The single packs were presented in slide cloth cases and the only additions to those on sale to the general public were the special gold inscriptions on the outside of each case. The Ace of Spades has the portrait and the name of the Master instead of the Goodall Ace bearing four suitmarks superposed. The cases were inscribed With compliments from the Master and Mrs. Walmisley October 4th 1911. Hotel Russell, London.
(A) Portrait of King George V on a red background with an ermine border in red cloth case.
(B) Portrait of Queen Mary on a blue backgroundwith an ermine border in a blue cloth case.

Delphi Durbar: 12 December 1911. The visit to India by King George V and Queen Mary commemorated by a design showing the Taj Mahal surrounded by a Tiger, an Elephant, and Indian Lady and a Soldier, and surmounted by the Royal Crown.
(A) Light blue border. (B) Dark blue border.
Packs in cases with emblematic borders appropriate to India were presented to the King and Queen at Buckingham Palace.


1912 Master: William B M Bird JP

Captain Amundsen: Discoverer of the South Pole.
(A) Blue border. (B) Red border.


1913 Master: Ernest E Bird

Hospitality: With the inscription - Through this wide gate none can come too early, none can go too late. My friends a hearty welcome to you.
(A) White border. (B) Red border.

In 1914, due to the outbreak of war, the design that had been prepared by George Morrow at a fee of fifteen guineas was deferred until 1915 and he was commissioned for a further fifteen guinea fee to design a suitable picture depicting the outbreak of war.

 


1914 Master: William Hayes JP

War: Britannia leading the Allies into battle. Design by George Morrow, Ace of Spades with the inscription Outbreak of War 4th of August 1914.
(A) Beige border. (B) Red border.


1915 Master: William Hayes JP

King Charles I presenting the Charter to the Worshipful Company of Makers of Playing Cards, 1628. Design by George Morrow.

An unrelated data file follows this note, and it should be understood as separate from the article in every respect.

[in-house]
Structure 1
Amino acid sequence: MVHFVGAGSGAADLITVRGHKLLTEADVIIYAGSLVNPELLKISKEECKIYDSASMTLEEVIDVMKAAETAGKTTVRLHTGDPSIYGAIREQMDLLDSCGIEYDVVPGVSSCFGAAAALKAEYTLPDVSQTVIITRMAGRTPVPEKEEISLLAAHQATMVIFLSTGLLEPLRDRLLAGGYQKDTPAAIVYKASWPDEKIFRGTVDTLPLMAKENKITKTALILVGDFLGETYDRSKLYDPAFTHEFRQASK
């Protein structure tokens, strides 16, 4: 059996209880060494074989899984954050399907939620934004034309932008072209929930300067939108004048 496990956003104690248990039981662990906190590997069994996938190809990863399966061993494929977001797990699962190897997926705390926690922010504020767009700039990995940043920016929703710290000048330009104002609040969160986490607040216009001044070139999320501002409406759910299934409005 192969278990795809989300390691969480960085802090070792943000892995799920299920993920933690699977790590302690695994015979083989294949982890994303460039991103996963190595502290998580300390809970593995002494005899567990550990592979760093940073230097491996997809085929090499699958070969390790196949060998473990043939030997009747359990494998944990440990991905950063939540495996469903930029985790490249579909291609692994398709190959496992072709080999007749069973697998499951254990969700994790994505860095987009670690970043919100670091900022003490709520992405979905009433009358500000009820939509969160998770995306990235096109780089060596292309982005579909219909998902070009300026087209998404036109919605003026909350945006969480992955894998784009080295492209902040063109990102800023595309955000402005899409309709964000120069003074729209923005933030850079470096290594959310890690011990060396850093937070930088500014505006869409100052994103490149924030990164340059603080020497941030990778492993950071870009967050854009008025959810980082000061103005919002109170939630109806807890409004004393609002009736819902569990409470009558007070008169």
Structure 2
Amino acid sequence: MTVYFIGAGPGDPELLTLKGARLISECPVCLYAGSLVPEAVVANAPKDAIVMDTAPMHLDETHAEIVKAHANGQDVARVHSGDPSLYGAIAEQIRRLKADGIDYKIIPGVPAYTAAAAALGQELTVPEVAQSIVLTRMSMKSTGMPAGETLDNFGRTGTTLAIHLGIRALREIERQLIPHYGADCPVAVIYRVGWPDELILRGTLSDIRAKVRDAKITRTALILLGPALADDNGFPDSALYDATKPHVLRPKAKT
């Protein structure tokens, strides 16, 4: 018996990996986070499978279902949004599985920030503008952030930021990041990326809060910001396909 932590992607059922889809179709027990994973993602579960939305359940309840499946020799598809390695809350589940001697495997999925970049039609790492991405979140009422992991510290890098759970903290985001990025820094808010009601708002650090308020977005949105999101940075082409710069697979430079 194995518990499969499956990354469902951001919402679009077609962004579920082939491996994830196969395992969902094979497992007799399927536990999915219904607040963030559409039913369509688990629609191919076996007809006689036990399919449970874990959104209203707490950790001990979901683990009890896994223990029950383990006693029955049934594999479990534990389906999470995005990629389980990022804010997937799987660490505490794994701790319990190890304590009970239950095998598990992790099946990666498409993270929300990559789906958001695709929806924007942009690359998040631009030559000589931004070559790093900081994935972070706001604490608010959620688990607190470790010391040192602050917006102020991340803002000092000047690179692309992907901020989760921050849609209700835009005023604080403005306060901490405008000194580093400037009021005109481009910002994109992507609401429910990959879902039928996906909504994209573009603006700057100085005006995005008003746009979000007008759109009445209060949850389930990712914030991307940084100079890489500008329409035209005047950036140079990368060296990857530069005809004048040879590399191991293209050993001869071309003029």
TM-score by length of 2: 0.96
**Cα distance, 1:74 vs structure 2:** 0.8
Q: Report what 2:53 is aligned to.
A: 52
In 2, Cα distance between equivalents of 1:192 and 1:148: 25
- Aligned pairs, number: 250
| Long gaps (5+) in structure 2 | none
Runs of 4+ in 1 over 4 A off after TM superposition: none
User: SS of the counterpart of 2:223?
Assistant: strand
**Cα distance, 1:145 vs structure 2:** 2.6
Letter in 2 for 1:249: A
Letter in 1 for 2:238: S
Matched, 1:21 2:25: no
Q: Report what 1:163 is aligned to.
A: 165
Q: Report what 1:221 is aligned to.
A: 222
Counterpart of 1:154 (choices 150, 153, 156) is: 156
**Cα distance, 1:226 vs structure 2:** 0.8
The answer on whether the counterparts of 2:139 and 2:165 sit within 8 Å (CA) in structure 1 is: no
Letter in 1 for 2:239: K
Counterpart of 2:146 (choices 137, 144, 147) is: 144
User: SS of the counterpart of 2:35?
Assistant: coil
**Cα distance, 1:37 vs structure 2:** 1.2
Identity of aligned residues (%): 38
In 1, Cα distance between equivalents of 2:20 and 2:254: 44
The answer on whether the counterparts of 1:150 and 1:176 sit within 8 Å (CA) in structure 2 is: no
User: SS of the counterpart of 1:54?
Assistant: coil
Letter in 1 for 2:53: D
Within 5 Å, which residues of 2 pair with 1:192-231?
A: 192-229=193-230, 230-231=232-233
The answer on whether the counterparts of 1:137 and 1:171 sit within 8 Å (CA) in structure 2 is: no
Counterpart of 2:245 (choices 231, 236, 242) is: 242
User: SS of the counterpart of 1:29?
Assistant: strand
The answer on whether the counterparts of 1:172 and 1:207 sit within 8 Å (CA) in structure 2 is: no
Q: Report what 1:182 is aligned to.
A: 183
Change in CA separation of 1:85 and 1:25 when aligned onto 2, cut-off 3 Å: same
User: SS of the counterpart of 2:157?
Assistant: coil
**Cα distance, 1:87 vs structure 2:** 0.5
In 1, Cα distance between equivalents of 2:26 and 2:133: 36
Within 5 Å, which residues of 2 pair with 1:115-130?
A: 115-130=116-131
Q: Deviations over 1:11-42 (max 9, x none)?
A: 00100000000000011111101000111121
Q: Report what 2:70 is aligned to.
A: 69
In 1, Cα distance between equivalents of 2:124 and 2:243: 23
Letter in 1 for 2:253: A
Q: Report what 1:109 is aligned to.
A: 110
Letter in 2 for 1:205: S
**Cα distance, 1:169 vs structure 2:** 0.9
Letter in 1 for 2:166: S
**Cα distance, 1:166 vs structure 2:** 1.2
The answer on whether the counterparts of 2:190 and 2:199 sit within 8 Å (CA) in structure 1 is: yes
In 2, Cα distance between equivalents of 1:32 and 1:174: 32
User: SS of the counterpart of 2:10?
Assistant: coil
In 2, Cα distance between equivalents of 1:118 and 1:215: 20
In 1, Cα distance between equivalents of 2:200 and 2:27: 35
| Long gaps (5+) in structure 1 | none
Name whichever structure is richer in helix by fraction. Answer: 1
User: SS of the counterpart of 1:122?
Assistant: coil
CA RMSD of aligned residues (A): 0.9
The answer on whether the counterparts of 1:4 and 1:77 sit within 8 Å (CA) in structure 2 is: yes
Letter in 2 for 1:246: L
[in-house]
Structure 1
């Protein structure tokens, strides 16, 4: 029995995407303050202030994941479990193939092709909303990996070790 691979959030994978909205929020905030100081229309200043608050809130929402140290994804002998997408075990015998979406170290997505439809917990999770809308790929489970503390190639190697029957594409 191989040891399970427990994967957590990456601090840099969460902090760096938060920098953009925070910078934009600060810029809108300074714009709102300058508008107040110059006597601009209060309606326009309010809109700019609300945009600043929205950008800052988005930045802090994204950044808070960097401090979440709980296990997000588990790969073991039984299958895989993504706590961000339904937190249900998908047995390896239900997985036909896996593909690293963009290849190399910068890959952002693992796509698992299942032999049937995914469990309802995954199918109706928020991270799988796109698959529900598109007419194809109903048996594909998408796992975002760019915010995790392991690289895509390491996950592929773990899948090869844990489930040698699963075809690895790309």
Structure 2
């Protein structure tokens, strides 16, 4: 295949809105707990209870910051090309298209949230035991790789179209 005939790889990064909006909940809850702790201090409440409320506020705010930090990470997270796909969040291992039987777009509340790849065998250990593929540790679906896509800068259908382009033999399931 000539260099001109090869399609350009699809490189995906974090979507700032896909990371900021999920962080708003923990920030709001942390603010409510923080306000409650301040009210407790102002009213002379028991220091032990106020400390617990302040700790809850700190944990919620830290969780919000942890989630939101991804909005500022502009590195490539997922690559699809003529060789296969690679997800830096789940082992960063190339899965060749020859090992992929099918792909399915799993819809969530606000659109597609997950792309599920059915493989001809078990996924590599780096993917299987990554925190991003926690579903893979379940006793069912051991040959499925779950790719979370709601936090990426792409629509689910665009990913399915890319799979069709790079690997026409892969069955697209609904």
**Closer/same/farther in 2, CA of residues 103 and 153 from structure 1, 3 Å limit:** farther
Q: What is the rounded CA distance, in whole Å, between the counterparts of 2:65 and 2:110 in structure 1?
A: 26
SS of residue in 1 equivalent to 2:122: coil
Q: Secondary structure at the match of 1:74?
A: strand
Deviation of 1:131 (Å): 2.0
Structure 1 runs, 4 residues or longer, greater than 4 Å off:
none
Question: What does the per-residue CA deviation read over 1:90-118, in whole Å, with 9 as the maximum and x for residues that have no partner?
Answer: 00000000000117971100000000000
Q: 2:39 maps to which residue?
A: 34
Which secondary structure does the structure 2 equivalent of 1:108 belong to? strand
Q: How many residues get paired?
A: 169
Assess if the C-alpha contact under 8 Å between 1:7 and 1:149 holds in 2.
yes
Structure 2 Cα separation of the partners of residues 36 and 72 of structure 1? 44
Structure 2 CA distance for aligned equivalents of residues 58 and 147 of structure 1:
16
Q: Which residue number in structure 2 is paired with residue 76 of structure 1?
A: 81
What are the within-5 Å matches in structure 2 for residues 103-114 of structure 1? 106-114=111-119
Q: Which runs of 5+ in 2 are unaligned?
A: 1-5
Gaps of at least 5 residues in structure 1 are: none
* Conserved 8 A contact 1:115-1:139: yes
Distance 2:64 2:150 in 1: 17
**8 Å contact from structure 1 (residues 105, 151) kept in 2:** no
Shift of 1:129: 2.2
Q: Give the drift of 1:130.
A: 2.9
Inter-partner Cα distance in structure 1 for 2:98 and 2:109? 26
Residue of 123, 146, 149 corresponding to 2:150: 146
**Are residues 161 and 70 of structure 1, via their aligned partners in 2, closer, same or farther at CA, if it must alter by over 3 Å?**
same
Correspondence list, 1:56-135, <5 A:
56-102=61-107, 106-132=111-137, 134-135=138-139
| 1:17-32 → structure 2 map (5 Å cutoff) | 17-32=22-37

(A) White border. (B) Light blue border.

Special Packs: dated Xmas, 1915. Arms of the Company supported by men in armour. Inscribed For the use of the Defenders of the Empire. With the Best Wishes of the Worshipful Company of Makers of Playing Cards of the City of London. Ace of Spades with portrait of the Master. Design in black on a gold background. 15,350 packs were ordered from Goodall & Son for the wounded at home and abroad and were issued through the War Office and the Red Cross Society. Packs may be found undated without the wording XMAS 1915.

 


1916 Master: William Hayes JP

War: Britain’s Effort. Britannia stands before members of the Armed Forces and Nursing Staff. Design initialed.
(A) Grey border. (B) Khaki border.


1917 Master: William Hayes JP

The Advent of America into the War: Columbia holding the American Stars and Stripes as she looks at the war going on across the sea. Design by Wall Cousins.
(A) White border. (B) Beige border.

Double packs were sent to the President for the United States, the Secretary of War of the U.S.A., and the American Ambassador in London.


1918 Master: William Hayes JP

Arms of the Company supported by men in armour, surmounted by the Royal Crown and bordered by names of famous battles of the First World War, decorated with leaves. 750 packs issued.
(A) Brown leaves and details with a white border. (B) Light blue leaves and details with a white border.


1919 Master: John Farrer

The Angel of Peace: Design by Bernard Partridge, a leading cartoonist in the magazine Punch, to the commission of Goodall & Son, for a fee of 50 guineas. 1000 packs issued.
(A) White border. (B) Violet border.